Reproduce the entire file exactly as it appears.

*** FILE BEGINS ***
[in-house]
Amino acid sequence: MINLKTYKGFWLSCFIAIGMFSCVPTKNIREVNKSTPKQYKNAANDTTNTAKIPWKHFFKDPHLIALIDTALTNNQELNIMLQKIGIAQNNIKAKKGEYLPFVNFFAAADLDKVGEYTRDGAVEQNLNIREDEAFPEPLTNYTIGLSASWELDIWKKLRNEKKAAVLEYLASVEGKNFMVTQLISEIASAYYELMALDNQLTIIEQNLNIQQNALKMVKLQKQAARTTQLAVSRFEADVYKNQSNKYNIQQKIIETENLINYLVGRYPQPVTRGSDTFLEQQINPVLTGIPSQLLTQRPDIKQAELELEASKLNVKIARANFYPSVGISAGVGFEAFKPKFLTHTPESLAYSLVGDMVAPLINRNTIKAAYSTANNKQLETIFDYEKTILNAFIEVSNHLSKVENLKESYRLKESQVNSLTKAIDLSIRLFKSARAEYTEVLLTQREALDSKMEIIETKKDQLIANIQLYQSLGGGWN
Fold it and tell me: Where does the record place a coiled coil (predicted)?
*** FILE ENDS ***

[in-house]
Amino acid sequence: MINLKTYKGFWLSCFIAIGMFSCVPTKNIREVNKSTPKQYKNAANDTTNTAKIPWKHFFKDPHLIALIDTALTNNQELNIMLQKIGIAQNNIKAKKGEYLPFVNFFAAADLDKVGEYTRDGAVEQNLNIREDEAFPEPLTNYTIGLSASWELDIWKKLRNEKKAAVLEYLASVEGKNFMVTQLISEIASAYYELMALDNQLTIIEQNLNIQQNALKMVKLQKQAARTTQLAVSRFEADVYKNQSNKYNIQQKIIETENLINYLVGRYPQPVTRGSDTFLEQQINPVLTGIPSQLLTQRPDIKQAELELEASKLNVKIARANFYPSVGISAGVGFEAFKPKFLTHTPESLAYSLVGDMVAPLINRNTIKAAYSTANNKQLETIFDYEKTILNAFIEVSNHLSKVENLKESYRLKESQVNSLTKAIDLSIRLFKSARAEYTEVLLTQREALDSKMEIIETKKDQLIANIQLYQSLGGGWN
Fold it and tell me: Where does the record place a coiled coil (predicted)?